One of the big hits of 2016’s holiday season was the NES Classic Mini, a miniature throwback version of the original Nintendo Entertainment System game console that made Mario, Luigi, and Princess Peach household names. Now Nintendo has announced the Super Nintendo Entertainment System (SNES) Classic Mini, set to release at the end of September. Pre-orders are already selling out quickly, so it’s safe to say that this is going to be another hit for Nintendo. But why exactly is a console with games over 20 years old on it such a big deal?
Put simply: nostalgia. The chance to relive childhood experiences. Better yet, the chance to share that experience with our own children. And on the other side of the equation? Kids get a kick out of seeing what their parents used to play. These throwback consoles are the perfect opportunity for parents and kids to connect, spend time together, and talk about a common interest. In short, it is the unicorn of parenting: magical, elusive, and, if you’re lucky enough to be in the presence of it, life-changing.
So you get the appeal of nostalgia (you’re probably feeling it yourself), but maybe you are wondering if these older games are as effective at exercising thinking skills. Yes, they are! And even if your favorite SNES game isn’t included with this console, chances are that at least one of the 21 games on this list will have your heart beating a little faster in anticipation:
- Contra III: The Alien Wars™
- Donkey Kong Country™
- Final Fantasy III
- Kirby™ Super Star
- Kirby’s Dream Course™
- The Legend of Zelda™: A Link to the Past™
- Mega Man® X
- Secret of Mana
- Star Fox™
- Star Fox™ 2
- Street Fighter® II Turbo: Hyper Fighting
- Super Castlevania IV™
- Super Ghouls ’n Ghosts®
- Super Mario Kart™
- Super Mario RPG: Legend of the Seven Stars™
- Super Mario World™
- Super Metroid™
- Super Punch-Out!!™
- Yoshi’s Island™
But what do you do once you find the perfect game for you and your child to connect over? We’ve highlighted a few games and the thinking skill practice they offer below. Pick the skill your child needs to work on, start up your favorite game, and let the nostalgia and conversation lead you toward a teachable moment. There are plenty of opportunities here for all of the skills and sub-skills!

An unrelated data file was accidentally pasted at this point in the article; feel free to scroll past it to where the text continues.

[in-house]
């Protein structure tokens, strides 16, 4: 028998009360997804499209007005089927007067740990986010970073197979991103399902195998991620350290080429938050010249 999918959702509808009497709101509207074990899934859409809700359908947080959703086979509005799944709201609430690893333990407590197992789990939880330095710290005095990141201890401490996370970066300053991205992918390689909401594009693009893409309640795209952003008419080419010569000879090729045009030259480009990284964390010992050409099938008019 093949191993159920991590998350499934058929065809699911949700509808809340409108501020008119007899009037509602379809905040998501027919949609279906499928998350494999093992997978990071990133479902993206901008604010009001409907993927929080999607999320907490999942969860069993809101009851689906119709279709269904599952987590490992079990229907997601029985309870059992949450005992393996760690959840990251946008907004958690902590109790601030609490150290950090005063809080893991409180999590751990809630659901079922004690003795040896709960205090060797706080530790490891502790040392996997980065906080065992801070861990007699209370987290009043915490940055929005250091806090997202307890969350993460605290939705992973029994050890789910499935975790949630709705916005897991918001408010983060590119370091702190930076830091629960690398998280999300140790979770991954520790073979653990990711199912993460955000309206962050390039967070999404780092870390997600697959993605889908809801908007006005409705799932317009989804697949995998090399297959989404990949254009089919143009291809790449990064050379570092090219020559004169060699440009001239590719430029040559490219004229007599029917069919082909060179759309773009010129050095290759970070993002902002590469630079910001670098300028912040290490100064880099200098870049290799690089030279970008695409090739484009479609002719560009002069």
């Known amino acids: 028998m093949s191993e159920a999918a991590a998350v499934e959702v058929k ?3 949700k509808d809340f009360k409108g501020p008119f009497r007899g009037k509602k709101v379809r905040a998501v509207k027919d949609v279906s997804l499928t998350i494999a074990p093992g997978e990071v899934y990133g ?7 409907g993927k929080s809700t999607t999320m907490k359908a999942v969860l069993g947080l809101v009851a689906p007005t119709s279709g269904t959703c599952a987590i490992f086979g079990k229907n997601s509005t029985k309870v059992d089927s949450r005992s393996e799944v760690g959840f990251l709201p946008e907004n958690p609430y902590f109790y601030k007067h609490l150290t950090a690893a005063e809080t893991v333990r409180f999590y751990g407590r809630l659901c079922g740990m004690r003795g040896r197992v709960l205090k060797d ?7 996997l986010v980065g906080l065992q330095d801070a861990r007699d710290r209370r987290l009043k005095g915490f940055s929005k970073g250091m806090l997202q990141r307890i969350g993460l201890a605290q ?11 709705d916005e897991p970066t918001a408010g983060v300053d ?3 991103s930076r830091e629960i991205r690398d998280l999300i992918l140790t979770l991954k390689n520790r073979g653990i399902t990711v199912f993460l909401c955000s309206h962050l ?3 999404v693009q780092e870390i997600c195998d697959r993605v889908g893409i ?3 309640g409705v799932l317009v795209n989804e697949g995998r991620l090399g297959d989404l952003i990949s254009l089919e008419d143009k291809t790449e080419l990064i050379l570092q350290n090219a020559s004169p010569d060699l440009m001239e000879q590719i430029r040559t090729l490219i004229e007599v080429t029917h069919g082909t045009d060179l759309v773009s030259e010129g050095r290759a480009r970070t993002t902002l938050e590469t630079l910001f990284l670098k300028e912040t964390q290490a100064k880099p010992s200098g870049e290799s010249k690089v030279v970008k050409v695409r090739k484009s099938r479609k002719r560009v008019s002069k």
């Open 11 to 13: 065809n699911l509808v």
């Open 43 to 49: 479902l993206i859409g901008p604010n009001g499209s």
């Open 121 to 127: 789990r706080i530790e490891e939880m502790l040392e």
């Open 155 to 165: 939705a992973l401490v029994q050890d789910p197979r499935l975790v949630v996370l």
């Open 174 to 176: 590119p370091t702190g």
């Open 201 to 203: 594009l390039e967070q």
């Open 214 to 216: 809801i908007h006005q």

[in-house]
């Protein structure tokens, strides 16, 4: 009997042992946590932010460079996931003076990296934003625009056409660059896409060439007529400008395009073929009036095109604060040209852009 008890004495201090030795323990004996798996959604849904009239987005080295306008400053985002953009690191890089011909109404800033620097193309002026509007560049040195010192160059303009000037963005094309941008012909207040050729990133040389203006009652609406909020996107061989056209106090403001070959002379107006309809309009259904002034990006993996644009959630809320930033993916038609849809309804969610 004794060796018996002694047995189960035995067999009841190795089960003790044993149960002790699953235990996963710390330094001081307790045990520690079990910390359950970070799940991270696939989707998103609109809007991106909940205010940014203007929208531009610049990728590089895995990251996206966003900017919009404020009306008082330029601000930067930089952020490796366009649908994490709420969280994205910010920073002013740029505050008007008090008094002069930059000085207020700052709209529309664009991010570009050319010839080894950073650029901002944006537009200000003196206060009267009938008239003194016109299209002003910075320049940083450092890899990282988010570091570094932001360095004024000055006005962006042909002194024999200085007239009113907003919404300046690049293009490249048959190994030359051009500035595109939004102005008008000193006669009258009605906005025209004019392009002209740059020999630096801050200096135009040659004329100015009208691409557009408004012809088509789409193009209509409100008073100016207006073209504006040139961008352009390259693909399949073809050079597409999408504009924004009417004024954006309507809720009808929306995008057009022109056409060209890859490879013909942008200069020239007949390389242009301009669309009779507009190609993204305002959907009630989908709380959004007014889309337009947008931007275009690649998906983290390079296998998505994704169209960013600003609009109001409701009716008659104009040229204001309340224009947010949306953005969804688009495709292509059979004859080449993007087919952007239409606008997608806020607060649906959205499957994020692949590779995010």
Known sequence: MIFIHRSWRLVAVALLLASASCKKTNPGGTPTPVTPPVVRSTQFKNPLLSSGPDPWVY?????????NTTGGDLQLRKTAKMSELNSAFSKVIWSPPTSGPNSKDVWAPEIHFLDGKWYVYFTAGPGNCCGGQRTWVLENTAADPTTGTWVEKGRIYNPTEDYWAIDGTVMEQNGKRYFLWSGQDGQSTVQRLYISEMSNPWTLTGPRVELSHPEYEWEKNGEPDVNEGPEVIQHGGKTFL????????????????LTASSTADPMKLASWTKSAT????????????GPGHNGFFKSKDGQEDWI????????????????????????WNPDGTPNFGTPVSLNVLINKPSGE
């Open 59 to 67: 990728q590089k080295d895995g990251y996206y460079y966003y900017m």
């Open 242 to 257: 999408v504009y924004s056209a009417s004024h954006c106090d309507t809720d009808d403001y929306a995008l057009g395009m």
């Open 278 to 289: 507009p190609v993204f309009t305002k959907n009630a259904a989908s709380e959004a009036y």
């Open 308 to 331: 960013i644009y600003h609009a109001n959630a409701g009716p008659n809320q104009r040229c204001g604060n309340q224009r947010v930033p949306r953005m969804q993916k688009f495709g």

Final Fantasy III (also known as Final Fantasy VI) is a very in-depth game that takes place in a world that is in danger because technology and magic are out of balance. FFIII can help a child who needs to work on their cognitive flexibility practice trying new things. The game also exercises almost all of the focus-based skills, long-term and short-term planning, problem-solving, self-awareness, self-control, time management, following directions, and improving memory.
Secret of Mana practices several thinking skills, including flexibility and working memory. The many missions and side quests offer players the opportunity to try new things and require that they follow directions. The puzzles and hidden areas challenge organization and problem-solving skills. Other games on the SNES Mini that are similar to Secret of Mana include Earth Bound, The Legend of Zelda: A Link to the Past, and Super Mario RPG.
Super Mario World challenges the player to work on multiple thinking skills. Since every level gives the player a limited amount of time to complete, time management skills are put to the test. Players are also tasked with the focus skill of shifting attention between tasks as they eliminate bad guys, collect coins, save Yoshi, and discover hidden locations. Hunting for all of these different things, and facing new worlds and bad guys, also allows the player to practice trying new things. Donkey Kong Country, Kirby Super Star, Super Metroid, and Yoshi’s Island all have similar gameplay and thinking skill practice.
So now you know! A slice of your own childhood can not only provide you and your child a chance to bond, it can help them get very important thinking skill practice. Which game are you most looking forward to playing with your child? Let us know in the comments or come chat with us on Facebook.
Featured image courtesy of Nintendo.